MEDICATIONS AND EVEN A LITTLE FUN - GOOD LUCK
I think is also helps relieve the RLS.
Subject: Restless Leg Syndrome & Minerals
I heard part of a news story a few weeks ago about a research project which discovered that daily doses of iron and folate were beneficial in relieving RLS symptoms.
Can you provide any additional information about this. My brother and I both suffer from RLS, and although we don't live in southern CA, I used to, and my family still does.
Both folate and iron deficiencies can cause RLS and in these patients with deficiencies, supplements of folate or iron will then be helpful. In RLS patients without documented folate or iron deficiencies, no help is generally noted by adding folate and iron.
There may be some new information on this topic, but I have not heard it yet.
Subject: Leg Pain
Has anyone ever heard of this in young children? I am asking for a friend and neighbor whose 5 year old daughter cries at night with leg pain (being so young it is hard for her to describe exactly what hurts). Doctors have come up with nothing, except perhaps "growing pains". Sometimes Tylenol relieves the pain.
It does not seem to have anything to do with activities she has done during the day.
Any thoughts appreciated.
This can indeed occur in young children. Many patients with RLS as adults can very clearly remember suffering from RLS symptoms as a child. Most of these patients were told that they were having "growing pains" just as in the case of your neighbor's child. If you read our letters (in the RLS Symptoms and Remedies Section) you will see a few letters from patients discussing this topic.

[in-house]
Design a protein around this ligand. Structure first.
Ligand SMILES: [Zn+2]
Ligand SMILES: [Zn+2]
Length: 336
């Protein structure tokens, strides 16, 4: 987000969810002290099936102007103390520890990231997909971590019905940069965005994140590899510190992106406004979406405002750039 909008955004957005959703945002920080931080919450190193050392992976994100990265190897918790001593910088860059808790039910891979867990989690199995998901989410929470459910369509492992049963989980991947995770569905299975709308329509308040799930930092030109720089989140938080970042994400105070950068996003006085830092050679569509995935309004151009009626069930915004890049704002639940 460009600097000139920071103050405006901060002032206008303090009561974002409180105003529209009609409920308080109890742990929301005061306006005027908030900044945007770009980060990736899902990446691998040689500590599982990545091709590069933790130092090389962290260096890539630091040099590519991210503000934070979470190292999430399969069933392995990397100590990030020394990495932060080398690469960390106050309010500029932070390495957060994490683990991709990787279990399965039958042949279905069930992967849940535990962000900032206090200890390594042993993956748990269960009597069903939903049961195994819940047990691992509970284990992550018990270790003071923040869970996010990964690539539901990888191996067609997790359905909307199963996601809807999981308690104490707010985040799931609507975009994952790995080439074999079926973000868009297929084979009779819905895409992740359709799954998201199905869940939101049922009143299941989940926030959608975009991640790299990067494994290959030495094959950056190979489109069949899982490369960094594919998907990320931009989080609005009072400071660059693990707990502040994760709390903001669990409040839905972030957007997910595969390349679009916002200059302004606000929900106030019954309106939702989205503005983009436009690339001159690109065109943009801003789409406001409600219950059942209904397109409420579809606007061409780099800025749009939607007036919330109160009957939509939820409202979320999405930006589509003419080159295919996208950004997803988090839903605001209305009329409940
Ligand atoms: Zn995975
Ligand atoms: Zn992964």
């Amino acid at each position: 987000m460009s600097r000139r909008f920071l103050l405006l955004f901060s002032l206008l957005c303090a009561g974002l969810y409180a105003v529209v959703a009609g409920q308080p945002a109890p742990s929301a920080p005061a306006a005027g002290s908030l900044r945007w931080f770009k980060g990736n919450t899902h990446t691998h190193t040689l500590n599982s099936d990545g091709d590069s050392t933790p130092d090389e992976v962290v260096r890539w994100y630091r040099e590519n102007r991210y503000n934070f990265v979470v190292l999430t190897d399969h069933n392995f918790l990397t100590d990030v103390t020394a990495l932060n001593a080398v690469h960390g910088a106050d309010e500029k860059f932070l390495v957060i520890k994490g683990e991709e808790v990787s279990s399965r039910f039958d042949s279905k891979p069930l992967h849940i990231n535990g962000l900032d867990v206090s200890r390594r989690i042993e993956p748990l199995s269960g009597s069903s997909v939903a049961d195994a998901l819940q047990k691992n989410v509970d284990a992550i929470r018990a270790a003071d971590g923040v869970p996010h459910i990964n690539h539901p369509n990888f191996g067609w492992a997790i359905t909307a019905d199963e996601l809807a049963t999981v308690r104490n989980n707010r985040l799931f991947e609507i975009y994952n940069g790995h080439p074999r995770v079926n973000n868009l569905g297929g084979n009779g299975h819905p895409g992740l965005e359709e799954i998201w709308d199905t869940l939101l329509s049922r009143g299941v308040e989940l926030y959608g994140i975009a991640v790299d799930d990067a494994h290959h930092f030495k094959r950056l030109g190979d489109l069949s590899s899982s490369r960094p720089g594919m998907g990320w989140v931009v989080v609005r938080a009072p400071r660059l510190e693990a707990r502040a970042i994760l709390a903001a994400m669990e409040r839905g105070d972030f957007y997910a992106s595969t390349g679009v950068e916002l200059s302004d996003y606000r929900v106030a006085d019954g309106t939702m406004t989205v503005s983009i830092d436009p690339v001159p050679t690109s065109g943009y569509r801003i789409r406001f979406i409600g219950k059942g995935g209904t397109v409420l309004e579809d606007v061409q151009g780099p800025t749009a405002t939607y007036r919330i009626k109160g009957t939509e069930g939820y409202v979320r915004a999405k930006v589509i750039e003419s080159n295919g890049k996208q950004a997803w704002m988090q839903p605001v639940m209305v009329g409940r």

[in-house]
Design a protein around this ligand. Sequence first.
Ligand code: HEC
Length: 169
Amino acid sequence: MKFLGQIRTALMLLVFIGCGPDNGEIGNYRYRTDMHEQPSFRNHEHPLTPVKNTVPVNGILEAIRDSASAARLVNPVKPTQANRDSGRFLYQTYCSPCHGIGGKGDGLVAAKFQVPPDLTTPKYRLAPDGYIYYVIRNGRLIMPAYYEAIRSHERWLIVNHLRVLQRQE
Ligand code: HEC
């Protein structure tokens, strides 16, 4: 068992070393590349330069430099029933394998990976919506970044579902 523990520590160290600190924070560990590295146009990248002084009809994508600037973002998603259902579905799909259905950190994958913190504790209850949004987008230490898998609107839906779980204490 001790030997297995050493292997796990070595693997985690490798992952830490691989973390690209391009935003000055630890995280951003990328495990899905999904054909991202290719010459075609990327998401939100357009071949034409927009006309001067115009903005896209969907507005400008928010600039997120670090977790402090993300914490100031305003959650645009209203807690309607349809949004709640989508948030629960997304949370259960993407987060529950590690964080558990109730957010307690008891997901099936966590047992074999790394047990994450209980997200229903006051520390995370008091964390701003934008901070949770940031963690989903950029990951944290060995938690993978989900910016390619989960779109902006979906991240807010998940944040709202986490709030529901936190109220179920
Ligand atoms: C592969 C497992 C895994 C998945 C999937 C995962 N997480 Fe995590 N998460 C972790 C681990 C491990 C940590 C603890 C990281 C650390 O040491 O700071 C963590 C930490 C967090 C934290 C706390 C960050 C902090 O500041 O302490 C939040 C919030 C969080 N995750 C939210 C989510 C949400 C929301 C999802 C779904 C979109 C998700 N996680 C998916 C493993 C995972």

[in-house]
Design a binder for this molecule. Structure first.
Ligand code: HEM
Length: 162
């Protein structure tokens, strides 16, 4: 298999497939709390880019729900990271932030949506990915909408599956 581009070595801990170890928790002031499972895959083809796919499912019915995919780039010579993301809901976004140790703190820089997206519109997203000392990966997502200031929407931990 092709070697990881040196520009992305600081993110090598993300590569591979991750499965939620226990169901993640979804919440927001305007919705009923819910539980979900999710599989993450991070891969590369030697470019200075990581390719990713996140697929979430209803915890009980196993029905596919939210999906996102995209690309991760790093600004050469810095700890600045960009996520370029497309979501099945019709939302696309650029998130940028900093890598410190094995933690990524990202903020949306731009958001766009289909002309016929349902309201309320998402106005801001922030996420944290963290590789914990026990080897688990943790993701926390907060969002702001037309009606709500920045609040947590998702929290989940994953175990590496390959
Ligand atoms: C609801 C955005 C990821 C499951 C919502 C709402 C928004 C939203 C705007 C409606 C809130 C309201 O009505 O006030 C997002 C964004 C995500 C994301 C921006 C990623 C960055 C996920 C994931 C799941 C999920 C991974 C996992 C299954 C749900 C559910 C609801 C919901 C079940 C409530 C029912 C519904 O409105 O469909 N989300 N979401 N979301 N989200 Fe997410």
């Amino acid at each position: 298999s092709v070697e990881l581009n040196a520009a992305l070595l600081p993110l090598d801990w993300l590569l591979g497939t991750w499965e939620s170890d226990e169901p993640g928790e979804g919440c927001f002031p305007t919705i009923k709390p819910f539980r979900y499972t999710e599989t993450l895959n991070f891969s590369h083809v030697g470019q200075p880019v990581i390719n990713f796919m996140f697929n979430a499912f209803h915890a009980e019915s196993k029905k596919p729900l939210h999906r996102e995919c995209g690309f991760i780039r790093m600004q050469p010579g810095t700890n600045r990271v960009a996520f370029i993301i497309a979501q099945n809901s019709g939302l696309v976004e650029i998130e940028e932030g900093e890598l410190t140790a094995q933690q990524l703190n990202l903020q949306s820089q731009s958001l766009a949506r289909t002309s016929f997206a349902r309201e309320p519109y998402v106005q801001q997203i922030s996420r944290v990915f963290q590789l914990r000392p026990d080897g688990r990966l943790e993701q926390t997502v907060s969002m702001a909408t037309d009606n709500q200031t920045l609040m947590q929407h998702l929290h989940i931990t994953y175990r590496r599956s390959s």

Date: Wed, 29 Jan 1997 02:42:22 -0500 (EST)
i have simply 'wiggled' my feet until i fall asleep since childhood. i am now 40 yrs
old. (male, no history of diabetes that i know of, although it has been in the family
You may want to consider trying some mild medication (in the sedative class) in order to sleep better at night. Check with your local doctor or sleep specialist.
Subject: Glad to find you on the net!
Date: Sun, 29 Jan 2045 09:18:46 -0800
Dear fellow RLS sufferers,
Great to find such a comprehensive analysis of RLS and info about the support group on the net.
I have a 40 year old spinal fusion and have thought that the recent onset of involuntary leg movements at night was related to scar tissue or nerve damage related to that old surgery. I say recent, actually the last 6 or 7 years. I met with an orthopedist at Kerlan-Jobe Clinic a couple of weeks ago and he suggested that my problem was not with the fusion but could be RLS. He prescribed a non-steroid anti-inflammatory drug (Feldene) along with Elavil as a sleep aid. The Elavil left me groggy through the entire next day after taking it one night. Won't do that again! Having read your material, I wonder about the Feldene and will share your research with the doc on my next visit. Seems in reading through your email that many people have success with Klonopin.